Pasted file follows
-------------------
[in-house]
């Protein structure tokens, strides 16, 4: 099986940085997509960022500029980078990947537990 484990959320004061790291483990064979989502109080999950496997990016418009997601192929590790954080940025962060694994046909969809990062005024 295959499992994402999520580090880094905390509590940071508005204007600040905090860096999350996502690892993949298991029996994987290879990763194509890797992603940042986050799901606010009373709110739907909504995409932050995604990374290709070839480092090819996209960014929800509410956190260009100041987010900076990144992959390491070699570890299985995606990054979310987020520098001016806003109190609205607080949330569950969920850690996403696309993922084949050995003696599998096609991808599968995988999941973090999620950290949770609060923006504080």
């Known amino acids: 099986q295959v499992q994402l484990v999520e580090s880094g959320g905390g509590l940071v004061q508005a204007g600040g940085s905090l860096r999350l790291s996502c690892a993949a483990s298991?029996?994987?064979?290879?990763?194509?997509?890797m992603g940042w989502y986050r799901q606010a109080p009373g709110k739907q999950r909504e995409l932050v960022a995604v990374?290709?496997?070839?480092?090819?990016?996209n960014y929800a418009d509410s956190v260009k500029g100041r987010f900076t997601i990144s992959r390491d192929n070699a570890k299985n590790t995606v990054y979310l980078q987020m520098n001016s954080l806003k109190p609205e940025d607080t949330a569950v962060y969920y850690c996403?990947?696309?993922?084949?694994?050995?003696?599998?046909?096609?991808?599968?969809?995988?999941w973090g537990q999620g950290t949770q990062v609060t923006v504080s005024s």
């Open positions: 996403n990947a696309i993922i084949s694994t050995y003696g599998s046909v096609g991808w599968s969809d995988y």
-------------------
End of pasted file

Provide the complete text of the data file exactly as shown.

[in-house]
């Protein structure tokens, strides 16, 4: 099986940085997509960022500029980078990947537990 484990959320004061790291483990064979989502109080999950496997990016418009997601192929590790954080940025962060694994046909969809990062005024 295959499992994402999520580090880094905390509590940071508005204007600040905090860096999350996502690892993949298991029996994987290879990763194509890797992603940042986050799901606010009373709110739907909504995409932050995604990374290709070839480092090819996209960014929800509410956190260009100041987010900076990144992959390491070699570890299985995606990054979310987020520098001016806003109190609205607080949330569950969920850690996403696309993922084949050995003696599998096609991808599968995988999941973090999620950290949770609060923006504080």
């Known amino acids: 099986q295959v499992q994402l484990v999520e580090s880094g959320g905390g509590l940071v004061q508005a204007g600040g940085s905090l860096r999350l790291s996502c690892a993949a483990s298991?029996?994987?064979?290879?990763?194509?997509?890797m992603g940042w989502y986050r799901q606010a109080p009373g709110k739907q999950r909504e995409l932050v960022a995604v990374?290709?496997?070839?480092?090819?990016?996209n960014y929800a418009d509410s956190v260009k500029g100041r987010f900076t997601i990144s992959r390491d192929n070699a570890k299985n590790t995606v990054y979310l980078q987020m520098n001016s954080l806003k109190p609205e940025d607080t949330a569950v962060y969920y850690c996403?990947?696309?993922?084949?694994?050995?003696?599998?046909?096609?991808?599968?969809?995988?999941w973090g537990q999620g950290t949770q990062v609060t923006v504080s005024s």
């Open positions: 996403n990947a696309i993922i084949s694994t050995y003696g599998s046909v096609g991808w599968s969809d995988y």